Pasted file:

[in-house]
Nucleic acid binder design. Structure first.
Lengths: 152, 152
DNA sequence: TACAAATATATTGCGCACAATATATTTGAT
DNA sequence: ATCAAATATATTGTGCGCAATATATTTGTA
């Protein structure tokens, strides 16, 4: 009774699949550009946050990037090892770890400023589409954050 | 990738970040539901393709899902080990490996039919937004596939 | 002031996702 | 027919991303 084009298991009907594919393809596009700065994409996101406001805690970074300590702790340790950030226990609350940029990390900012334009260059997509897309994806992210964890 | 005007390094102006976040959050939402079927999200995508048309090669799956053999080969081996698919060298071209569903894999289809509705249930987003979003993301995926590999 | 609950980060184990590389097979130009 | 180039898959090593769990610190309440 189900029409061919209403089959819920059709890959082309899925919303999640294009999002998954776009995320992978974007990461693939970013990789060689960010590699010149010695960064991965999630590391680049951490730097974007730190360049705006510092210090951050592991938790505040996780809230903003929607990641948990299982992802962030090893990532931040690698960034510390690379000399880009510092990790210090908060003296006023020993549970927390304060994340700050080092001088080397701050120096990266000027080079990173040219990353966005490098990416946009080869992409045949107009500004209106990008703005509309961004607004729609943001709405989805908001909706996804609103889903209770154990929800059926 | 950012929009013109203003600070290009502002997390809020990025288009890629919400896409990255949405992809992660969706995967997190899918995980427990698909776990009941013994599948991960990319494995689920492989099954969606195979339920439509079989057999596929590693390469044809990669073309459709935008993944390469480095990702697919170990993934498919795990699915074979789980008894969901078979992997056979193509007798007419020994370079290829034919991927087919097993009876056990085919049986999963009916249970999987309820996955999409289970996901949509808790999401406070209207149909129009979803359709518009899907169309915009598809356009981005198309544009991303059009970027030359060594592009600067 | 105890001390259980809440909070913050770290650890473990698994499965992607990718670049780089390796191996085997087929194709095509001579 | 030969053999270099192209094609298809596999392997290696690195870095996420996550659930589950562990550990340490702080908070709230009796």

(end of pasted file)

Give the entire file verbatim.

[in-house]
Nucleic acid binder design. Structure first.
Lengths: 152, 152
DNA sequence: TACAAATATATTGCGCACAATATATTTGAT
DNA sequence: ATCAAATATATTGTGCGCAATATATTTGTA
């Protein structure tokens, strides 16, 4: 009774699949550009946050990037090892770890400023589409954050 | 990738970040539901393709899902080990490996039919937004596939 | 002031996702 | 027919991303 084009298991009907594919393809596009700065994409996101406001805690970074300590702790340790950030226990609350940029990390900012334009260059997509897309994806992210964890 | 005007390094102006976040959050939402079927999200995508048309090669799956053999080969081996698919060298071209569903894999289809509705249930987003979003993301995926590999 | 609950980060184990590389097979130009 | 180039898959090593769990610190309440 189900029409061919209403089959819920059709890959082309899925919303999640294009999002998954776009995320992978974007990461693939970013990789060689960010590699010149010695960064991965999630590391680049951490730097974007730190360049705006510092210090951050592991938790505040996780809230903003929607990641948990299982992802962030090893990532931040690698960034510390690379000399880009510092990790210090908060003296006023020993549970927390304060994340700050080092001088080397701050120096990266000027080079990173040219990353966005490098990416946009080869992409045949107009500004209106990008703005509309961004607004729609943001709405989805908001909706996804609103889903209770154990929800059926 | 950012929009013109203003600070290009502002997390809020990025288009890629919400896409990255949405992809992660969706995967997190899918995980427990698909776990009941013994599948991960990319494995689920492989099954969606195979339920439509079989057999596929590693390469044809990669073309459709935008993944390469480095990702697919170990993934498919795990699915074979789980008894969901078979992997056979193509007798007419020994370079290829034919991927087919097993009876056990085919049986999963009916249970999987309820996955999409289970996901949509808790999401406070209207149909129009979803359709518009899907169309915009598809356009981005198309544009991303059009970027030359060594592009600067 | 105890001390259980809440909070913050770290650890473990698994499965992607990718670049780089390796191996085997087929194709095509001579 | 030969053999270099192209094609298809596999392997290696690195870095996420996550659930589950562990550990340490702080908070709230009796």